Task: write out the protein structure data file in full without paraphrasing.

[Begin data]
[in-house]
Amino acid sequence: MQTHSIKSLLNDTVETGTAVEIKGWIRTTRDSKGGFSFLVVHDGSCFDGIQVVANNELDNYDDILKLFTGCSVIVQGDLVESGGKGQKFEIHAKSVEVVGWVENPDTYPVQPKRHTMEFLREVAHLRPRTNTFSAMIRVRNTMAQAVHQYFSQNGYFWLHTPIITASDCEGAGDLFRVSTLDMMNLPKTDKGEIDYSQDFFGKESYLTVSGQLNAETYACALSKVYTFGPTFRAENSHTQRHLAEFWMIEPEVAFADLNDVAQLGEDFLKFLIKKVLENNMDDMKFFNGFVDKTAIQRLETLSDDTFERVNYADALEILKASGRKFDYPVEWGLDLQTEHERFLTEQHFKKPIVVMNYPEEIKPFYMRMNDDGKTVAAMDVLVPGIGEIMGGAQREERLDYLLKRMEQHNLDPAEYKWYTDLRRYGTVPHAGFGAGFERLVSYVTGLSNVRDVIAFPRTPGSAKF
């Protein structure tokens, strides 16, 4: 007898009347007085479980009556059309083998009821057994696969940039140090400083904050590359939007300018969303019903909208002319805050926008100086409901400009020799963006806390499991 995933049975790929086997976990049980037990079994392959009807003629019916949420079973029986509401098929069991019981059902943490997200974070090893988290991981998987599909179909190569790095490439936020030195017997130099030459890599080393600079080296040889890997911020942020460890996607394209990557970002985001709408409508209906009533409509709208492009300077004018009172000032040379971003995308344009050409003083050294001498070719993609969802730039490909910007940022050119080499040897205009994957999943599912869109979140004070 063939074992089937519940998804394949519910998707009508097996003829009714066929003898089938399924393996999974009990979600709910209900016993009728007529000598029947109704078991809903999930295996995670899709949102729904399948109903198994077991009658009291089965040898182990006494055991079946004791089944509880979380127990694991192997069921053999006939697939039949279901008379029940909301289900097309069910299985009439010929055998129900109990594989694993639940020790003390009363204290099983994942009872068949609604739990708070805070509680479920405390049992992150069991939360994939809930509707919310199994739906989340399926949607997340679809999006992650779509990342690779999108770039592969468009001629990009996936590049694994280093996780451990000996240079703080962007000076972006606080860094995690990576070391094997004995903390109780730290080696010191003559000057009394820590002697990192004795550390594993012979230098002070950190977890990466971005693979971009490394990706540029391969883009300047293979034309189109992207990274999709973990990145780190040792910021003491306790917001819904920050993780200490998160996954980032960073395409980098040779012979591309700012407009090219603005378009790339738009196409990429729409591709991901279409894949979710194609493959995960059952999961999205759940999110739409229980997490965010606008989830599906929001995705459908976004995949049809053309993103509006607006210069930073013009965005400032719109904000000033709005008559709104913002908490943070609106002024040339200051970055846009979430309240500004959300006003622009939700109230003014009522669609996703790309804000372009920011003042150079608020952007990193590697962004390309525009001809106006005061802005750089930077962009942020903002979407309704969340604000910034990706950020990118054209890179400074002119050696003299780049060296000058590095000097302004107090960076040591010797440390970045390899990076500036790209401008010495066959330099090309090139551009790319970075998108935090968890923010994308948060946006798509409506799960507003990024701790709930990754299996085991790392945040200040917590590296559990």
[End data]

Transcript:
[in-house]
Amino acid sequence: MQTHSIKSLLNDTVETGTAVEIKGWIRTTRDSKGGFSFLVVHDGSCFDGIQVVANNELDNYDDILKLFTGCSVIVQGDLVESGGKGQKFEIHAKSVEVVGWVENPDTYPVQPKRHTMEFLREVAHLRPRTNTFSAMIRVRNTMAQAVHQYFSQNGYFWLHTPIITASDCEGAGDLFRVSTLDMMNLPKTDKGEIDYSQDFFGKESYLTVSGQLNAETYACALSKVYTFGPTFRAENSHTQRHLAEFWMIEPEVAFADLNDVAQLGEDFLKFLIKKVLENNMDDMKFFNGFVDKTAIQRLETLSDDTFERVNYADALEILKASGRKFDYPVEWGLDLQTEHERFLTEQHFKKPIVVMNYPEEIKPFYMRMNDDGKTVAAMDVLVPGIGEIMGGAQREERLDYLLKRMEQHNLDPAEYKWYTDLRRYGTVPHAGFGAGFERLVSYVTGLSNVRDVIAFPRTPGSAKF
């Protein structure tokens, strides 16, 4: 007898009347007085479980009556059309083998009821057994696969940039140090400083904050590359939007300018969303019903909208002319805050926008100086409901400009020799963006806390499991 995933049975790929086997976990049980037990079994392959009807003629019916949420079973029986509401098929069991019981059902943490997200974070090893988290991981998987599909179909190569790095490439936020030195017997130099030459890599080393600079080296040889890997911020942020460890996607394209990557970002985001709408409508209906009533409509709208492009300077004018009172000032040379971003995308344009050409003083050294001498070719993609969802730039490909910007940022050119080499040897205009994957999943599912869109979140004070 063939074992089937519940998804394949519910998707009508097996003829009714066929003898089938399924393996999974009990979600709910209900016993009728007529000598029947109704078991809903999930295996995670899709949102729904399948109903198994077991009658009291089965040898182990006494055991079946004791089944509880979380127990694991192997069921053999006939697939039949279901008379029940909301289900097309069910299985009439010929055998129900109990594989694993639940020790003390009363204290099983994942009872068949609604739990708070805070509680479920405390049992992150069991939360994939809930509707919310199994739906989340399926949607997340679809999006992650779509990342690779999108770039592969468009001629990009996936590049694994280093996780451990000996240079703080962007000076972006606080860094995690990576070391094997004995903390109780730290080696010191003559000057009394820590002697990192004795550390594993012979230098002070950190977890990466971005693979971009490394990706540029391969883009300047293979034309189109992207990274999709973990990145780190040792910021003491306790917001819904920050993780200490998160996954980032960073395409980098040779012979591309700012407009090219603005378009790339738009196409990429729409591709991901279409894949979710194609493959995960059952999961999205759940999110739409229980997490965010606008989830599906929001995705459908976004995949049809053309993103509006607006210069930073013009965005400032719109904000000033709005008559709104913002908490943070609106002024040339200051970055846009979430309240500004959300006003622009939700109230003014009522669609996703790309804000372009920011003042150079608020952007990193590697962004390309525009001809106006005061802005750089930077962009942020903002979407309704969340604000910034990706950020990118054209890179400074002119050696003299780049060296000058590095000097302004107090960076040591010797440390970045390899990076500036790209401008010495066959330099090309090139551009790319970075998108935090968890923010994308948060946006798509409506799960507003990024701790709930990754299996085991790392945040200040917590590296559990």